Q. What is your only comfort in life and in death?
A. That I am not my own, but belong - body and soul, in life and in death - to my faithful Savior, Jesus Christ.
He has fully paid for all my sins with his precious blood, and has set me free from the tyranny of the devil. He also watches over me in such a way that not a hair can fall from my head without the will of my Father in heaven; in fact, all things must work together for my salvation.
Because I belong to him, Christ, by his Holy Spirit, assures me of eternal life and makes me wholeheartedly willing and ready from now on to live for him.
Today marks the 450th anniversary of the publication of the Heidelberg Catechism. If you have never heard of this catechism it is a collection of 128 questions-and-answers that was written as a means to help pastors teach their congregations the basics of Christian belief. The question-and-answer above is the very first, and it sets the tone for all that follows.
The catechism is written in the first person, so that as a person reads and studies it they can understand that the wisdom it contains isn’t something written for other people but it is wisdom that speaks directly to them. It is strongly anchored in the Bible, with each answer having specific biblical references.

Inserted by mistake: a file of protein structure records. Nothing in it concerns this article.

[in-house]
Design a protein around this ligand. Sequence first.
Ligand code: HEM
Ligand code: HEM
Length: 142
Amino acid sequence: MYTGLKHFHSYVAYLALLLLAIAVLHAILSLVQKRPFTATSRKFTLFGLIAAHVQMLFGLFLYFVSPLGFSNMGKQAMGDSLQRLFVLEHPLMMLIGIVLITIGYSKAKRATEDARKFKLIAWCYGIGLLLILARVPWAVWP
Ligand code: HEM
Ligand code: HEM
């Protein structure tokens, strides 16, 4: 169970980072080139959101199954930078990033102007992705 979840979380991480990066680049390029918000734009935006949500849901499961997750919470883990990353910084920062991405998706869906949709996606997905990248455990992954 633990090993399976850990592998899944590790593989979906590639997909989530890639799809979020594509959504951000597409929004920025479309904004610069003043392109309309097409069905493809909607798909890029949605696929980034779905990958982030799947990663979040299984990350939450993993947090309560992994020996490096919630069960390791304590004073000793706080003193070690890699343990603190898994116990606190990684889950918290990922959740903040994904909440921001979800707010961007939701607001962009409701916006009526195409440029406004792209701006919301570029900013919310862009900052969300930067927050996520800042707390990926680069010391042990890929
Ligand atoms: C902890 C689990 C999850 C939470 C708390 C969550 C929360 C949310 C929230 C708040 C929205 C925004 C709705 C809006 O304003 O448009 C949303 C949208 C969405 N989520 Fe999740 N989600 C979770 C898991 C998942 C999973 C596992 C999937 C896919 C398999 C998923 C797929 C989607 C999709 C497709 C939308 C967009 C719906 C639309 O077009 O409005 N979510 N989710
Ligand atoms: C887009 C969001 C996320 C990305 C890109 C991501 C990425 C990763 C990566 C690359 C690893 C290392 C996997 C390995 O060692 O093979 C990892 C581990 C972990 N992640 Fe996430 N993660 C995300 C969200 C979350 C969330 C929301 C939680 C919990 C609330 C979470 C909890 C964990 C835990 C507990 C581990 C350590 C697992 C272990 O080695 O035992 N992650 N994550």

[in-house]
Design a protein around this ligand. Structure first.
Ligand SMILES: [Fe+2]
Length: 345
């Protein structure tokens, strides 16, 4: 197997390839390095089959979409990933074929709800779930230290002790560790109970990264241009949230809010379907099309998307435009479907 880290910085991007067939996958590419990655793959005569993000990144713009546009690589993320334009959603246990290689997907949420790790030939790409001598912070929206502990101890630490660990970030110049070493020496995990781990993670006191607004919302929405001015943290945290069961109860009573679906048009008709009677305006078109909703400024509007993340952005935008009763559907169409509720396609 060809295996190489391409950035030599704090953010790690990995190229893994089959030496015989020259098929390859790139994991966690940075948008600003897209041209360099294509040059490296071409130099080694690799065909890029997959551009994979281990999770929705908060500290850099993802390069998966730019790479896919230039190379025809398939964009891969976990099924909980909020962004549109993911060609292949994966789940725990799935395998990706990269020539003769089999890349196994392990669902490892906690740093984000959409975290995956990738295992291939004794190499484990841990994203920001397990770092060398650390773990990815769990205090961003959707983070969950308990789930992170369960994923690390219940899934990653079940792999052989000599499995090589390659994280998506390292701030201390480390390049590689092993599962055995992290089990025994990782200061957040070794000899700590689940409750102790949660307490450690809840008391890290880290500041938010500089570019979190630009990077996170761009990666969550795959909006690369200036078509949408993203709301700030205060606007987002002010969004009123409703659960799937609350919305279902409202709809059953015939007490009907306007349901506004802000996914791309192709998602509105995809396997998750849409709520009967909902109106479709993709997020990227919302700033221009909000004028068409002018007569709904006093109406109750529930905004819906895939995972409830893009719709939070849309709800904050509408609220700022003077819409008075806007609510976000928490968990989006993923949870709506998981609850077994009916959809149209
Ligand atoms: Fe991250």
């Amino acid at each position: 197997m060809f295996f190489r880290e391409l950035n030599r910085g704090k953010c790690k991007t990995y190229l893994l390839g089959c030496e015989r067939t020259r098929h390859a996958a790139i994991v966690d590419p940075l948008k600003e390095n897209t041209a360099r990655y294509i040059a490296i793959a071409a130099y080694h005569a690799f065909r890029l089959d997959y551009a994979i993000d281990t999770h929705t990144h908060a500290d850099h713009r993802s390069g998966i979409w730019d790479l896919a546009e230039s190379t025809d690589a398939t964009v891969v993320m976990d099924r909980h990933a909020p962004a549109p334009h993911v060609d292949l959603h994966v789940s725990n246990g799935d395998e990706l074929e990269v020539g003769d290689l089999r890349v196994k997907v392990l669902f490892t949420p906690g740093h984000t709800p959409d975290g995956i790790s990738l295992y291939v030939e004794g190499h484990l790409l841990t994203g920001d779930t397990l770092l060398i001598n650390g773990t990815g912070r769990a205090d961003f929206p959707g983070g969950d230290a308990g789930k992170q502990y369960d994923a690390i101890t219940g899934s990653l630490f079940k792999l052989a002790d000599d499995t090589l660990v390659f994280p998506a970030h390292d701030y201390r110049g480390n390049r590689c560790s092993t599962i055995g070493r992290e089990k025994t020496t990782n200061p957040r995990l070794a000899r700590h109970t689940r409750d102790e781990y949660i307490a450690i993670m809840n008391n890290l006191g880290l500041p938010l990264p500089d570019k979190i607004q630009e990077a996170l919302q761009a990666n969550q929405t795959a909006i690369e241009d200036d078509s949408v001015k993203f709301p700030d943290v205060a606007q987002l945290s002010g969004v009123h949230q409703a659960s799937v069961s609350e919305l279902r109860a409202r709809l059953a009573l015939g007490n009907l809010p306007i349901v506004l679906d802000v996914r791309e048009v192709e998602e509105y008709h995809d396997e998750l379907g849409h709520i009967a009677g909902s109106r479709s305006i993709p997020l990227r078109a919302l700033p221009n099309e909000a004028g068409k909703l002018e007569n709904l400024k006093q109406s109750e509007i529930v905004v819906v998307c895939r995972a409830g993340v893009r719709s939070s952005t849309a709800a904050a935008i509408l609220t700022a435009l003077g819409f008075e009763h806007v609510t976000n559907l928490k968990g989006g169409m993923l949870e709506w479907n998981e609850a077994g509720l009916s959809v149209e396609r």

Catechisms are teaching tools used by a variety of branches of Christianity. The Heidelberg Catechism is used as a standard, or key statement of belief, by many churches in the Reformed Tradition. Presbyterian churches, which are Reformed in nature but historically rooted in England and Scotland, often use the Long and Short versions of the Westminster Catechism.
I don’t believe that catechisms are outdated tools, written for a past time and place but no longer needed now. The church today, as much as any other time in its history, needs to teach people what it believes and why. This need was discussed in a recent book by Carl Trueman, The Creedal Imperative, which I reviewed here. Catechisms remain excellent tools for this kind of teaching. A new catechism for our day, the New City Catechism, does this well, combining the teachings of both Heidelberg and Westminster and arranging them into 52 sections, so that a new section can be studied each week.
Wikipedia has a brief article on the Heidelberg Catechism here. Another short piece, written yesterday by a pastor, Kevin De Young, is here. An excellent resource on the Heidelberg Catechism is Comfort and Joy, by Andrew Kuyvenhoven. The whole Catechism, including its scripture references, can be read here and here.
I invite you to re-read the question-and-answer I started this post with, and then to seek over the next few weeks to read the entire Catechism. It is truly filled with God’s Good News, written for you and for me.
Happy Anniversary Heidelberg Catechism! May you continue to be a vibrant source of God’s Good News in Christ Jesus!
Scripture quotations are from The Holy Bible, English Standard Version® (ESV®), copyright © 2001 by Crossway, a publishing ministry of Good News Publishers. Used by permission. All rights reserved.